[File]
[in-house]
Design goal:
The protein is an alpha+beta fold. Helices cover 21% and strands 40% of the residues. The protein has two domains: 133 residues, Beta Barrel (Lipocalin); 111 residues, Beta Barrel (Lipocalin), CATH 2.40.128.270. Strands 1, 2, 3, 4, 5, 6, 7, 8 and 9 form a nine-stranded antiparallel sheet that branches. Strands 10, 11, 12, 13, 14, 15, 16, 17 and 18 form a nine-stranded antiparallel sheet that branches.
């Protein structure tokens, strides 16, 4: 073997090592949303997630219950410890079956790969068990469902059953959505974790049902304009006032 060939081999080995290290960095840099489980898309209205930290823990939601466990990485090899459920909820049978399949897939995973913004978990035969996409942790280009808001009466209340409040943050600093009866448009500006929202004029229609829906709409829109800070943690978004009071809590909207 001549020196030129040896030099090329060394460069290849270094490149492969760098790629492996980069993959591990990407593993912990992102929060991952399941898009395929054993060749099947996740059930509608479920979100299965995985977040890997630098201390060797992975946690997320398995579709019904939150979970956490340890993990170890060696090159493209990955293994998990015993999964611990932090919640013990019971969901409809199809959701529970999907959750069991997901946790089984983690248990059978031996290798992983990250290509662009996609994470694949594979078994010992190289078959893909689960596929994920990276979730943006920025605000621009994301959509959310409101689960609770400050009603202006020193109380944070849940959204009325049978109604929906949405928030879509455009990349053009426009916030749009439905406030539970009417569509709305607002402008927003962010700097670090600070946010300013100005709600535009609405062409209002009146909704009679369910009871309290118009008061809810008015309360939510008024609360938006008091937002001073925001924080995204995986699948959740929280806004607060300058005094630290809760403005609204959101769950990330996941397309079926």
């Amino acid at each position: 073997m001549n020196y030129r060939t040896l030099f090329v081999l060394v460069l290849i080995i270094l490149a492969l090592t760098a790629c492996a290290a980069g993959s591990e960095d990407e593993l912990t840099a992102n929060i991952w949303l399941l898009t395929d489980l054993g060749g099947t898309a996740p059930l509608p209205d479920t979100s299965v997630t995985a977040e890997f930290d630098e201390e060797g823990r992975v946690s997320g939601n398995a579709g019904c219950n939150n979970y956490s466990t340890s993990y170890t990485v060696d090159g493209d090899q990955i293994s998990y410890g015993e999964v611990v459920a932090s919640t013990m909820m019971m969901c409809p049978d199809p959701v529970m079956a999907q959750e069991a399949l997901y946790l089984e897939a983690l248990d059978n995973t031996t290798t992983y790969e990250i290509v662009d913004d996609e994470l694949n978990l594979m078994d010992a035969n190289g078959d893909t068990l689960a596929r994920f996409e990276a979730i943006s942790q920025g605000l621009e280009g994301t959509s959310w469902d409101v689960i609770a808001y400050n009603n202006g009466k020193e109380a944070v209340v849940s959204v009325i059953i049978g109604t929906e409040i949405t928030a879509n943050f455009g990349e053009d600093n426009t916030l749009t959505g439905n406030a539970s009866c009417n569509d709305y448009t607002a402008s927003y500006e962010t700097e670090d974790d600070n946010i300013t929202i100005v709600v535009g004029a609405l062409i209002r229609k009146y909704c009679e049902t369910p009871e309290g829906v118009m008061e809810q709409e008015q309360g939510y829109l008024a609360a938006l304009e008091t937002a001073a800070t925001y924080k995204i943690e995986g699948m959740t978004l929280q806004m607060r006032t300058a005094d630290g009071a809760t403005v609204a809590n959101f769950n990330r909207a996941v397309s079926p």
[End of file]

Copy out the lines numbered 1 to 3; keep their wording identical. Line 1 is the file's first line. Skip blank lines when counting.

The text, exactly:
[in-house]
Design goal:
The protein is an alpha+beta fold. Helices cover 21% and strands 40% of the residues. The protein has two domains: 133 residues, Beta Barrel (Lipocalin); 111 residues, Beta Barrel (Lipocalin), CATH 2.40.128.270. Strands 1, 2, 3, 4, 5, 6, 7, 8 and 9 form a nine-stranded antiparallel sheet that branches. Strands 10, 11, 12, 13, 14, 15, 16, 17 and 18 form a nine-stranded antiparallel sheet that branches.